UPDATED: George Toca has now been released, his lawyers said in a public statement.
A Louisiana prison inmate whose life sentence is under review by the Supreme Court was on the verge of being released on Thursday, according to news accounts in New Orleans. George Toca, convicted of second-degree murder nearly thirty years ago when he was seventeen years old and sentenced to life in prison without parole, was involved in a new plea bargain, those news stories said.
On December 12, the Supreme Court granted review of Toca’s case, to decide whether he could benefit from a 2012 decision limiting life-without-parole sentences for juveniles who are convicted of murder committed while still a minor. With his murder conviction and sentence now apparently being vacated, that case could lose its legal significance for the Justices.
Prosecutors in New Orleans were quoted in local press accounts as offering Toca the option of entering a plea that the evidence against him was sufficient for a conviction — without specifically admitting guilt. That is what prosecutors call an “Alford plea.”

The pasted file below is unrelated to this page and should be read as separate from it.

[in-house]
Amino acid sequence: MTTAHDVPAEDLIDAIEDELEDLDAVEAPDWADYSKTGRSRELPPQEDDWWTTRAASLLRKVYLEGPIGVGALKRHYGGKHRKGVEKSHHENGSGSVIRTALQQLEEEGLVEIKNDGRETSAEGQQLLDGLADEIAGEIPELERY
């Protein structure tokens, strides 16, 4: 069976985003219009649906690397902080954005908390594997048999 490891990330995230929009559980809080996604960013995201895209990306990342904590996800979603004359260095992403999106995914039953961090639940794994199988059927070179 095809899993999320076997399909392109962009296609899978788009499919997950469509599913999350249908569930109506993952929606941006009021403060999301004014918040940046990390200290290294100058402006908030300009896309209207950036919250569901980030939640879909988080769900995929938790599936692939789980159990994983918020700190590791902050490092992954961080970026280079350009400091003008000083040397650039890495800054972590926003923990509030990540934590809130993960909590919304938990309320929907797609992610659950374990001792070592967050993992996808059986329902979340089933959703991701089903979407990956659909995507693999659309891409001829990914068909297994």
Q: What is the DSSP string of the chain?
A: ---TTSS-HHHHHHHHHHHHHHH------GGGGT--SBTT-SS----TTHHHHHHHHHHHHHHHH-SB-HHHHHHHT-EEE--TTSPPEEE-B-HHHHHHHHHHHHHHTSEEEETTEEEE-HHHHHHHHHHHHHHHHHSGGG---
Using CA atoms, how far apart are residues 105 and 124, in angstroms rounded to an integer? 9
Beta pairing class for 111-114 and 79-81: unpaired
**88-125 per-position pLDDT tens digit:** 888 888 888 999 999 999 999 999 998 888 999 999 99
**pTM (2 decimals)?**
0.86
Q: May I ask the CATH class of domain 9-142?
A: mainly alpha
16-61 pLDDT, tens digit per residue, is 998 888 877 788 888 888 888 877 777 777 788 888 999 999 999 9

According to the reported terms of the deal, Toca would then plead guilty to two counts of armed robbery and, in exchange, the murder conviction would be vacated, and he would promptly be released from prison, where he has spent more than three decades.
An attorney for Toca was quoted as saying that, while he continued to claim he is innocent, he had chosen release from prison rather than continuing to pursue a legal challenge that might not succeed. And a spokesman for the local district attorney was quoted as saying that Toca no longer was “a public safety risk.” He is now forty-seven years old.
The Supreme Court has not yet scheduled a hearing on Toca’s case. His attorneys, with the Innocence Project of New Orleans, filed their brief on the merits last Monday.
The case tests the potential retroactivity of the Court’s ruling in Miller v. Alabama. While the Court in that ruling did not forbid all life-without-parole sentences for minors convicted of murder, it imposed strict limits on such sentencing, and suggested that such a punishment should be a rarity.
Over the past year, the Court has several times turned down the same plea that it agreed to hear in Toca’s case. If that case should now be taken off the docket, in the wake of his apparently imminent release, it is unclear whether the Court would take on the issue in another case.
The wording of its order granting review of the Toca petition at least implied that it was focusing on retroactivity only in “this case,” as the order put it.